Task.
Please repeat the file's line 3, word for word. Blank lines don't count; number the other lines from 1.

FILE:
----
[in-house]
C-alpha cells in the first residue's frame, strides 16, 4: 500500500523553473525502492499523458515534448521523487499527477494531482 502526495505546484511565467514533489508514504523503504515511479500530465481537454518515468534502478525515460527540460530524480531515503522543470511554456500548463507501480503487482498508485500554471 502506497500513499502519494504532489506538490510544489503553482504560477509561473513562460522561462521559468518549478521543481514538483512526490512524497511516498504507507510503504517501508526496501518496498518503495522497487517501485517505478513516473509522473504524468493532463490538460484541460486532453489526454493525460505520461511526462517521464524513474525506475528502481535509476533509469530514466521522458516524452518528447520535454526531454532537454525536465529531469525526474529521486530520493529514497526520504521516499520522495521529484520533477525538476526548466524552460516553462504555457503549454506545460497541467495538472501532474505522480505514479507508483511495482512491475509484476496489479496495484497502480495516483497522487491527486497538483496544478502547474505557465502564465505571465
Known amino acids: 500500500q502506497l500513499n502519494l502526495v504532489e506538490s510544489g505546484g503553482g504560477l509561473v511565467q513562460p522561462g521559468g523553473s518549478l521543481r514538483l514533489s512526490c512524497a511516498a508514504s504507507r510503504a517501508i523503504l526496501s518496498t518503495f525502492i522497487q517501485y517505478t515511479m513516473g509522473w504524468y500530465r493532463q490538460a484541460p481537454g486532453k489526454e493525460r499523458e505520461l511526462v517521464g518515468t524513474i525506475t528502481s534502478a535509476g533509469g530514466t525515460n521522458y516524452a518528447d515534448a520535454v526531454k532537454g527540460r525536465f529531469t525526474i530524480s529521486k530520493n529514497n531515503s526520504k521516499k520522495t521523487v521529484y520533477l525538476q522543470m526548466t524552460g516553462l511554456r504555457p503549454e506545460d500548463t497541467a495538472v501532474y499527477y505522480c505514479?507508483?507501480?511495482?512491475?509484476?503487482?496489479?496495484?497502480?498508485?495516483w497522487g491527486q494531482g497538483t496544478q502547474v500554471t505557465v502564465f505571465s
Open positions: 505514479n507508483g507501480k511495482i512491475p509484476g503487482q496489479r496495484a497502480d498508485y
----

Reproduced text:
Known amino acids: 500500500q502506497l500513499n502519494l502526495v504532489e506538490s510544489g505546484g503553482g504560477l509561473v511565467q513562460p522561462g521559468g523553473s518549478l521543481r514538483l514533489s512526490c512524497a511516498a508514504s504507507r510503504a517501508i523503504l526496501s518496498t518503495f525502492i522497487q517501485y517505478t515511479m513516473g509522473w504524468y500530465r493532463q490538460a484541460p481537454g486532453k489526454e493525460r499523458e505520461l511526462v517521464g518515468t524513474i525506475t528502481s534502478a535509476g533509469g530514466t525515460n521522458y516524452a518528447d515534448a520535454v526531454k532537454g527540460r525536465f529531469t525526474i530524480s529521486k530520493n529514497n531515503s526520504k521516499k520522495t521523487v521529484y520533477l525538476q522543470m526548466t524552460g516553462l511554456r504555457p503549454e506545460d500548463t497541467a495538472v501532474y499527477y505522480c505514479?507508483?507501480?511495482?512491475?509484476?503487482?496489479?496495484?497502480?498508485?495516483w497522487g491527486q494531482g497538483t496544478q502547474v500554471t505557465v502564465f505571465s